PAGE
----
The court can grant mandatory interim injunctions. The test for a mandatory injunction is similar to the test for a prohibitory injunction in that the applicant must convince the court that the balance of convenience lies in its favour. However, for mandatory injunctions the applicant must convince the court that there is a "high probably of success at trial" rather than the lesser standard of "serious case to be tried'."
Right to Vary or Discharge Order and Appeals
If an interlocutory order has been obtained without notice to the respondent, the respondent can have the matter reheard at an inter partes hearing. At that hearing the court can set aside, confirm the original order or make a different order in its place.
Ordinarily, interlocutory orders granted by the Grand Court cannot be appealed to the Court of Appeal without first obtaining the leave of the Grand Court (seeQuestion 20).
13. What are the rules relating to interim attachment orders to preserve assets pending judgment or a final order (or equivalent)?
Availability and Grounds
The Grand Court can grant interim orders that freeze assets pending judgment or final order if both:
The applicant has demonstrated a good arguable case against the respondent.
There is evidence of a real risk that the respondent may dissipate, dispose of, hide or remove its assets from the jurisdiction prior to judgment being given.
Freezing orders are necessarily almost always obtained without notice to the defendant because of the requirement that there must be risk of dissipation. In urgent cases (where the urgency is warranted and properly explained to the court), an order can be granted on the same day it is sought (subject to the availability of judges).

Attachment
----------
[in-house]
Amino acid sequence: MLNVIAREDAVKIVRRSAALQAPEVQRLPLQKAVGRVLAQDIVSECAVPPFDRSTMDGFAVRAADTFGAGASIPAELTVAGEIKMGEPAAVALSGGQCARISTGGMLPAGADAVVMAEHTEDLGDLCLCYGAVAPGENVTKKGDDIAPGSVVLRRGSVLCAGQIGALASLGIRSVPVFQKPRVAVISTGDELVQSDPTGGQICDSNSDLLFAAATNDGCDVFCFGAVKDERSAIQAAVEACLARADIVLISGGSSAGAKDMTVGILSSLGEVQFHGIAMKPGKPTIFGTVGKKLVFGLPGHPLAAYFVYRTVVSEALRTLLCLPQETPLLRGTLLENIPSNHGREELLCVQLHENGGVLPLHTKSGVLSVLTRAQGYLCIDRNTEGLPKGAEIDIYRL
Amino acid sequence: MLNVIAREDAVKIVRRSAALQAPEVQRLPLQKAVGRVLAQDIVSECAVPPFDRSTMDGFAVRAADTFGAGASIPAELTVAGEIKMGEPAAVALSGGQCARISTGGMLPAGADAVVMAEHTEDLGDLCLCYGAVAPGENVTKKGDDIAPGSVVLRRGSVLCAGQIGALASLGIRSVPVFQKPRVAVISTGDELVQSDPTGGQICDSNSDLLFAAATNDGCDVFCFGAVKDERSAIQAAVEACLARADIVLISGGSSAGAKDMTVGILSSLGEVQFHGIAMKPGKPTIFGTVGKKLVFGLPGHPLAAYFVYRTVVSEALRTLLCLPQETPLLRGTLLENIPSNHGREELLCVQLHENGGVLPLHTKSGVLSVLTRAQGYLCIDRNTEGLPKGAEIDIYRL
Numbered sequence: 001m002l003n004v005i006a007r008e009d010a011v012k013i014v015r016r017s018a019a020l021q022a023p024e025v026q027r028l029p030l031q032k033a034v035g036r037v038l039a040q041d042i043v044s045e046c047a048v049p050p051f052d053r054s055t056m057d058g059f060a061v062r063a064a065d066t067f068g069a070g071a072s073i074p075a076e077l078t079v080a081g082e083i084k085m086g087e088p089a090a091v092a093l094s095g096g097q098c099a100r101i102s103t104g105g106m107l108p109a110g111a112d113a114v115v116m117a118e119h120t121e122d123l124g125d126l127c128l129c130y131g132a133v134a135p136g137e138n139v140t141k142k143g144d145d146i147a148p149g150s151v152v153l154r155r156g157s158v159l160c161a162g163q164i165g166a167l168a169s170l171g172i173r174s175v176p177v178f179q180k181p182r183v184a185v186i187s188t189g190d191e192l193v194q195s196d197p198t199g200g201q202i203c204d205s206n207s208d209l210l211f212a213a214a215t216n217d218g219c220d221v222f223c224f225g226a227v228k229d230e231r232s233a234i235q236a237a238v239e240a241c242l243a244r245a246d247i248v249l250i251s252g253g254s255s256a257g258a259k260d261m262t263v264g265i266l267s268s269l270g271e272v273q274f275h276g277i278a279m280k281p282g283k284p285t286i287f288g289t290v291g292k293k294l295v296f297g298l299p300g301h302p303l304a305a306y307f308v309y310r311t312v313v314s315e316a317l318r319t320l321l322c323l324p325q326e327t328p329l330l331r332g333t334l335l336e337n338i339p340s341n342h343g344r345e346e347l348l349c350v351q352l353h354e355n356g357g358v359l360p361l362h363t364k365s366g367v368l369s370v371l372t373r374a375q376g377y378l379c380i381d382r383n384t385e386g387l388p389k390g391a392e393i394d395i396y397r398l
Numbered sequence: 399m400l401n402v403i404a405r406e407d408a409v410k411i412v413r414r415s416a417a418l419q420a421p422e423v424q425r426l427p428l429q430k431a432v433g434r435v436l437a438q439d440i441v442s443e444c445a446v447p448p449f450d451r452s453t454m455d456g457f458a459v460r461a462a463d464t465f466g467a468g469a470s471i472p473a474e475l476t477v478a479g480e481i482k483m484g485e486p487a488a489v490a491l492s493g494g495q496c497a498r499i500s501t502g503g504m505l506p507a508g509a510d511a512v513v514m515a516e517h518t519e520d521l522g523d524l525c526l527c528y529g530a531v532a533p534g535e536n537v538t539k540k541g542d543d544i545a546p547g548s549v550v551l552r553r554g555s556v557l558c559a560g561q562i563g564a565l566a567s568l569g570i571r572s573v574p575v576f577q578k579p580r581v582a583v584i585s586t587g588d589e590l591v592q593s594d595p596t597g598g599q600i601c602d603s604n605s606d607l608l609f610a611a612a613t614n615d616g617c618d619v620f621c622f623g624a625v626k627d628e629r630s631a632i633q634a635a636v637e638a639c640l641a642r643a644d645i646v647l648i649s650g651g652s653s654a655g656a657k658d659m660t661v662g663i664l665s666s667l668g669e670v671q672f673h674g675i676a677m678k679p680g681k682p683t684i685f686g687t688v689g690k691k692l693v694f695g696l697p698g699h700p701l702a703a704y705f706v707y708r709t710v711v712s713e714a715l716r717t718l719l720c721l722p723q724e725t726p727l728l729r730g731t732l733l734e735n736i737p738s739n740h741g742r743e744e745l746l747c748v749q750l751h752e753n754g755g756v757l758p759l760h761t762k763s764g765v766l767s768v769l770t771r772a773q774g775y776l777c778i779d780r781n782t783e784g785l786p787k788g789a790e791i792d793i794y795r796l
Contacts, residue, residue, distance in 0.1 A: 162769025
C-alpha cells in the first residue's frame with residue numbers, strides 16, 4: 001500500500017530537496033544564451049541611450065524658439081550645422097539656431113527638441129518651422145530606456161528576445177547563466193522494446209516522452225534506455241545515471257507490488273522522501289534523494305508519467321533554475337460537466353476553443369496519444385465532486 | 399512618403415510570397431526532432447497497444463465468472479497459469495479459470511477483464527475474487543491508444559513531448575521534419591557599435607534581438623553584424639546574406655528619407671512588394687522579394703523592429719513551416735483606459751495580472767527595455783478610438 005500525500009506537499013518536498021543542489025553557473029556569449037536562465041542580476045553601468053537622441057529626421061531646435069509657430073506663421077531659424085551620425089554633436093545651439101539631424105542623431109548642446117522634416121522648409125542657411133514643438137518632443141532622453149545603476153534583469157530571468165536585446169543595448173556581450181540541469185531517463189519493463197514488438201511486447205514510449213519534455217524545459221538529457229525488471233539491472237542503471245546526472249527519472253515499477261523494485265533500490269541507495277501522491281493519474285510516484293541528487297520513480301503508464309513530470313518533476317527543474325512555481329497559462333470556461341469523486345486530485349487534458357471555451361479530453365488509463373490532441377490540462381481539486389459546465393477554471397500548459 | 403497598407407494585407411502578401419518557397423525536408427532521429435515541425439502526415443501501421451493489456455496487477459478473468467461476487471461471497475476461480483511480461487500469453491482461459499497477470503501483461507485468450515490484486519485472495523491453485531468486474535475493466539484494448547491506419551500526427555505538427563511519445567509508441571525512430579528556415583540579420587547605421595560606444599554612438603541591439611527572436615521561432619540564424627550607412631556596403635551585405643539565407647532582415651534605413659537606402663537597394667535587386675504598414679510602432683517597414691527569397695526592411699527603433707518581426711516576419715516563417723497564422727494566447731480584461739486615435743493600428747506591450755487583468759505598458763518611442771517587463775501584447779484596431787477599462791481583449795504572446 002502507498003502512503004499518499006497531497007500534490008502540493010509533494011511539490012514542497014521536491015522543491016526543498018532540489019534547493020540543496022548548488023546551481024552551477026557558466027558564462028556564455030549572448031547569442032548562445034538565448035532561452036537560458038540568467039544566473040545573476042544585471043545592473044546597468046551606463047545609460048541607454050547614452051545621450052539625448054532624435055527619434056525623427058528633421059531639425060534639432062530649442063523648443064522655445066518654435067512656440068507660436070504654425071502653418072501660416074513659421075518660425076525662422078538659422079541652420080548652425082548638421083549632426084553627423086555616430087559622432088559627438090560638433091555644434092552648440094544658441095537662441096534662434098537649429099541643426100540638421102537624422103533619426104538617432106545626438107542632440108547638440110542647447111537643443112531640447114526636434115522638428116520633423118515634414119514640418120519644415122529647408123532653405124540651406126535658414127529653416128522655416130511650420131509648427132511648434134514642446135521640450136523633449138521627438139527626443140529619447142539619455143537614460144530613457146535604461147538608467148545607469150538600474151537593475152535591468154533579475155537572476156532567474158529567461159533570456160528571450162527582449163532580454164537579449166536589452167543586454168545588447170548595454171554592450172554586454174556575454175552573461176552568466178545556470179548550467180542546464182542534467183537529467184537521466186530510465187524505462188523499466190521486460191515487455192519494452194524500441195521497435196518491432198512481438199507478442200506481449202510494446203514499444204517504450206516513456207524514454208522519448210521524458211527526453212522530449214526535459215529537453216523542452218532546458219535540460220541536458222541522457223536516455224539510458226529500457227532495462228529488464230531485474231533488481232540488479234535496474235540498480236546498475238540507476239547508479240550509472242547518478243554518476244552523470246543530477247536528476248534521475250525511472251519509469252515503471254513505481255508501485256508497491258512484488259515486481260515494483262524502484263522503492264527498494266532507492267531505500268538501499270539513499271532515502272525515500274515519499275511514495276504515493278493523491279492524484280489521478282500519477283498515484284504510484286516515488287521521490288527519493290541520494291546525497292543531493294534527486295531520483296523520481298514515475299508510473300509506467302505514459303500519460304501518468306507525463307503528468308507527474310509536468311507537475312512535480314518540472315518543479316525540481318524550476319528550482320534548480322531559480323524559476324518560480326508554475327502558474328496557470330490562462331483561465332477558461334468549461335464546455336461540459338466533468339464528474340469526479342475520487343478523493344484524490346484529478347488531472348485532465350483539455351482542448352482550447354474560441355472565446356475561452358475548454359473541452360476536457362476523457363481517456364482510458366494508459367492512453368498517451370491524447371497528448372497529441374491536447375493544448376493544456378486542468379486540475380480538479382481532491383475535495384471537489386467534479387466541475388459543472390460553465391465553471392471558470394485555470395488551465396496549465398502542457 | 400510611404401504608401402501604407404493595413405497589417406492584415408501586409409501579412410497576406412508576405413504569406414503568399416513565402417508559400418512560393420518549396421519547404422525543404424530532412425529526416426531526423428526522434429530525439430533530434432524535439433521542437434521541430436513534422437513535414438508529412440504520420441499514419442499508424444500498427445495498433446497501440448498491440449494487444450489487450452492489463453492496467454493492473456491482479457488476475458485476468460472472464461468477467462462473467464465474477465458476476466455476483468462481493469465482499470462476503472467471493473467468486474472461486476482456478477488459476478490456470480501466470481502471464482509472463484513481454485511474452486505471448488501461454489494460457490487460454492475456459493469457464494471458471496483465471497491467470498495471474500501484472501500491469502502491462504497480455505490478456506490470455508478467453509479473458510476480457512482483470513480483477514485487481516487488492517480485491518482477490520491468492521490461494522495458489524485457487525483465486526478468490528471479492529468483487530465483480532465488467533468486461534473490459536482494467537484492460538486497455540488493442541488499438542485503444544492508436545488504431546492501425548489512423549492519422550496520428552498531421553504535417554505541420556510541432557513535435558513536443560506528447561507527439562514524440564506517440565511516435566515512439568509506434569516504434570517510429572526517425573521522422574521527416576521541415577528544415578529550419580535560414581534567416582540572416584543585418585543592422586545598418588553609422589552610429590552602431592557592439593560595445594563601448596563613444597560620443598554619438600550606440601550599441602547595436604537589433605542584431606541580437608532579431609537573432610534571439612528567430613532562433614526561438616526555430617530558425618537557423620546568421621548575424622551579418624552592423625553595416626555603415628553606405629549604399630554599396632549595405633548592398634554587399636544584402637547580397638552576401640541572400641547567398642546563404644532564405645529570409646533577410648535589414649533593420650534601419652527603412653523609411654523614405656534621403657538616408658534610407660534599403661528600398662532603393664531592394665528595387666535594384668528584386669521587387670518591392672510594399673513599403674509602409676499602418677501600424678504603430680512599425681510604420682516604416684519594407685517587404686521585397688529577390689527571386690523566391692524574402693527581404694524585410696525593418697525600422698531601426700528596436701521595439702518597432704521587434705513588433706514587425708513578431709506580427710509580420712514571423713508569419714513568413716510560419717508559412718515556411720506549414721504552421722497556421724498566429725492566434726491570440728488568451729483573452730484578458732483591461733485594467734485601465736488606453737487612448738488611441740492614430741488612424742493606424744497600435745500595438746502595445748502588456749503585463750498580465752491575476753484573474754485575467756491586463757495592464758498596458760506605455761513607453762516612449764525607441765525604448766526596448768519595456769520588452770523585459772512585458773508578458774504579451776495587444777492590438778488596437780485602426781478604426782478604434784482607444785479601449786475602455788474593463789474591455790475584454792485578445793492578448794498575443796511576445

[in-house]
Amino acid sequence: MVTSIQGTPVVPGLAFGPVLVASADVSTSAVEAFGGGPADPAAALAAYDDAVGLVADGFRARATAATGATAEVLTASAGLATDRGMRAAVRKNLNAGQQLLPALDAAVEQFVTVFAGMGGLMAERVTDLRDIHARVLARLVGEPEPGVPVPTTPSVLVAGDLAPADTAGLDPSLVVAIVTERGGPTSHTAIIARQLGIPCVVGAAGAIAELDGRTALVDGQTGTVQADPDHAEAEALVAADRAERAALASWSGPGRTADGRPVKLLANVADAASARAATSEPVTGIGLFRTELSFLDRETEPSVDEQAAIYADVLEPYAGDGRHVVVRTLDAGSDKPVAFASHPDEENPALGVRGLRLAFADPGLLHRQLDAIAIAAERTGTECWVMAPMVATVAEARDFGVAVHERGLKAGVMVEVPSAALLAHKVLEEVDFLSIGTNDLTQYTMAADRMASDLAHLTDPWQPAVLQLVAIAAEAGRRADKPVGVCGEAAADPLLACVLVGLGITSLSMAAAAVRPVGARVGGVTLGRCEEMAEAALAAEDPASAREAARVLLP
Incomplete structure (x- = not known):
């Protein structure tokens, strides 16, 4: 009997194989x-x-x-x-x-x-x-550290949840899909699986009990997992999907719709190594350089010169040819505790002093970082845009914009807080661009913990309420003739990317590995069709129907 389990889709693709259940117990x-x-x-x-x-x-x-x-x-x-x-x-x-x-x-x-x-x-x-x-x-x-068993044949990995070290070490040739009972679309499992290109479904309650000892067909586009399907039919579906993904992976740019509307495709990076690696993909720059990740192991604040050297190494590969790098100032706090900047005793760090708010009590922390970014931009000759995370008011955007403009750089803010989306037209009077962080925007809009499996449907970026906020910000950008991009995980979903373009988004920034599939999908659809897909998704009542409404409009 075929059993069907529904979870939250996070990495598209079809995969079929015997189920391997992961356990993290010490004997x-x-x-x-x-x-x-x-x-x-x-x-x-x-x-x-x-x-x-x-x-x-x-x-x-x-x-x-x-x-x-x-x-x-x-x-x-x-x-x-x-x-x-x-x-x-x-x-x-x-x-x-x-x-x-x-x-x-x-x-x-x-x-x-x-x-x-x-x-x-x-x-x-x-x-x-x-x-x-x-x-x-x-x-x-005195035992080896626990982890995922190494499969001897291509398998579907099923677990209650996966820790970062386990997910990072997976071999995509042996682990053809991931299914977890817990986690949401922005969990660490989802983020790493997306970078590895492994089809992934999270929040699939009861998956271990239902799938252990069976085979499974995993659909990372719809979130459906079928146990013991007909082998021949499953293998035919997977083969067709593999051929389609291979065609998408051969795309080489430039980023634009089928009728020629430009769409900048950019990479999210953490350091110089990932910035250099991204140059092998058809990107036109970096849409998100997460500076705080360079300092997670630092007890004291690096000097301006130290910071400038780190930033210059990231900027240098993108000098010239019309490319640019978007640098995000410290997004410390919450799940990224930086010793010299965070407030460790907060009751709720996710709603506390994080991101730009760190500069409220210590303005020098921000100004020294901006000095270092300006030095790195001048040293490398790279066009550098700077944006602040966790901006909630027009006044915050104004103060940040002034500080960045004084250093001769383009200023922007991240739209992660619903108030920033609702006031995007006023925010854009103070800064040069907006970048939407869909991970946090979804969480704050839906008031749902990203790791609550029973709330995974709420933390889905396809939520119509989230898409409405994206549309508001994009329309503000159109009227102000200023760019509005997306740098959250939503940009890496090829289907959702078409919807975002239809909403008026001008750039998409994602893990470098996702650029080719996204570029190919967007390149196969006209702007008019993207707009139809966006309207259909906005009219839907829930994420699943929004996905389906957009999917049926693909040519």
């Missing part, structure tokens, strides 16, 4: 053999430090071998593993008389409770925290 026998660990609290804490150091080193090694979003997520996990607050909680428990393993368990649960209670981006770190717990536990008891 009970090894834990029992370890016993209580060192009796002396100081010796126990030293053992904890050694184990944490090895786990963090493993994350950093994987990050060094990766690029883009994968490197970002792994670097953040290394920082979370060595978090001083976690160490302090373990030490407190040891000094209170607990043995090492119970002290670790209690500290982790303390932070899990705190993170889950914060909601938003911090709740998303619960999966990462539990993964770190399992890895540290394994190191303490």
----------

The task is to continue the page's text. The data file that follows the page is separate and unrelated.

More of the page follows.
The court can grant freezing injunctions (in addition to other interim relief) in support of main proceedings that have been commenced in another jurisdiction, provided that the foreign proceedings are capable of giving rise to a judgment that can be enforced in the Cayman Islands under any law or at common law.
The court can refuse to grant a freezing injunction in support of a foreign proceeding if, in its opinion, it would be unjust or inconvenient to do so. When exercising its power to make a freezing injunction in support of a foreign proceeding, the court must have regard to the fact that its power is both:
Ancillary to the foreign proceedings.
For the purpose of facilitating the process of a court outside the Cayman Islands that has primary jurisdiction over the proceedings.
Preferential Right or Lien
A freezing order creates no preferential right or lien in favour of the claimant over the frozen assets and the defendant will usually be allowed to pay their normal business, legal, and living expenses from the frozen assets.
Damages as a Result
An applicant must give an undertaking to meet any losses suffered by the respondent if it is determined that the injunction should not have been granted.
The court can require security in support of any undertaking and will often do so when the claimant is resident abroad and has no assets in the jurisdiction.
14. Are any other interim remedies commonly available and obtained?
In addition to interim injunctions and freezing orders, the court has jurisdiction, in appropriate cases, to grant the following interim remedies:
An Anton Piller order for the seizure of property to preserve it as evidence pending a trial.
An order appointing receivers to take control of and preserve property pending a trial (including the appointment of receivers in aid of foreign proceedings).